It Is The Relationships…Stupid

Twenty-six years ago I sat in the Judean Hills overlooking Jerusalem and listened to someone chant Eicha, the Book of Lamentations. We were celebrating Tisha B’Av, a day that commemorates virtually every bad thing that has happened to the Jewish people.

I was 16 years-old and struck by two conflicting feelings/thoughts:

1) “I wish this would end so that my girlfriend and I can go find somewhere private….”

2) These terrible things happened to…us, to my community.

And community is something that I think about quite a bit for all sorts of reasons.  Here on my blog I think about how to build a community. I spend time trying to figure out how I can be true to myself as a writer and still involve the people that come here to read my words and share their own.

In my personal life I think about community for a number of different reasons. In relationship to my family I think about community and how it applies to the laws and customs regarding death. I think about community as it pertains to Shiva and my family.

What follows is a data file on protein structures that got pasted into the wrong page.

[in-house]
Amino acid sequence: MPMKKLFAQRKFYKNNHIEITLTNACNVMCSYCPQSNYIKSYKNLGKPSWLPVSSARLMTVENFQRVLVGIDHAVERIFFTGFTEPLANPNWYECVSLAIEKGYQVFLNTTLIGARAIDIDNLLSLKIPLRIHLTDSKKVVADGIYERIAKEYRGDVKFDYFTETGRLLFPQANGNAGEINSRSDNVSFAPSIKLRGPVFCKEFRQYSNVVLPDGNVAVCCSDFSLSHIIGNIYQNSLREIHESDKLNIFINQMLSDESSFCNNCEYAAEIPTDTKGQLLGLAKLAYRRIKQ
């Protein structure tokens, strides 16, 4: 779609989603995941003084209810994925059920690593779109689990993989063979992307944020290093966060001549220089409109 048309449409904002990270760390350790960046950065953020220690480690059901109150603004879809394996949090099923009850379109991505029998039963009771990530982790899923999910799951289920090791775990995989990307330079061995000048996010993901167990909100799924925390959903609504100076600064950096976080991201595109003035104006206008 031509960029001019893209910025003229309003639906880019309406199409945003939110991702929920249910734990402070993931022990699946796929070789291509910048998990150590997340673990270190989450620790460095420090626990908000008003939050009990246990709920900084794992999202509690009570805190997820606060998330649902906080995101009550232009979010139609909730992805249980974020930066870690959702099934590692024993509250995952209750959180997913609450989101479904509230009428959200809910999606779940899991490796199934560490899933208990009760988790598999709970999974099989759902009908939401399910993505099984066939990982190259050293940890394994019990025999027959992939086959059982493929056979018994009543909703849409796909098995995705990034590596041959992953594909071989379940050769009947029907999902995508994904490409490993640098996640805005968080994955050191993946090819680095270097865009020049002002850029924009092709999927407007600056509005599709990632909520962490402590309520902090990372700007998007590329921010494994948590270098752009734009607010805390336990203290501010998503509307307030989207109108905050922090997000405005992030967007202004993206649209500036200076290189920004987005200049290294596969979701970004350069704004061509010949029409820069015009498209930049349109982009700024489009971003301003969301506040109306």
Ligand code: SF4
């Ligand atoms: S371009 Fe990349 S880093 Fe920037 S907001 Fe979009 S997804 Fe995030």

I am grateful that so many people have come out to sit with my family and to try to provide comfort. There is an understanding that people are communal creatures and that we do better when we support each other.

Outside of my family the boys and I do what we can to help each other in whatever way we can. We sit around the table at the diner and swap stories about this and that.

“It’s the economy, stupid”

Someone mentions that history repeats itself and I nod my head. I throw out “It’s the economy, stupid” and we nod our heads together. It was a campaign slogan that Bill Clinton during his first campaign but back then we didn’t care about it the way that we do now.

Now we are all fathers in various states of marriage and or relationships. As young twenty-somethings we were too busy trying to start careers and or find companions to warm our beds. No one worried about mortgages, private school tuition or how to contend with a crazy ex-wife.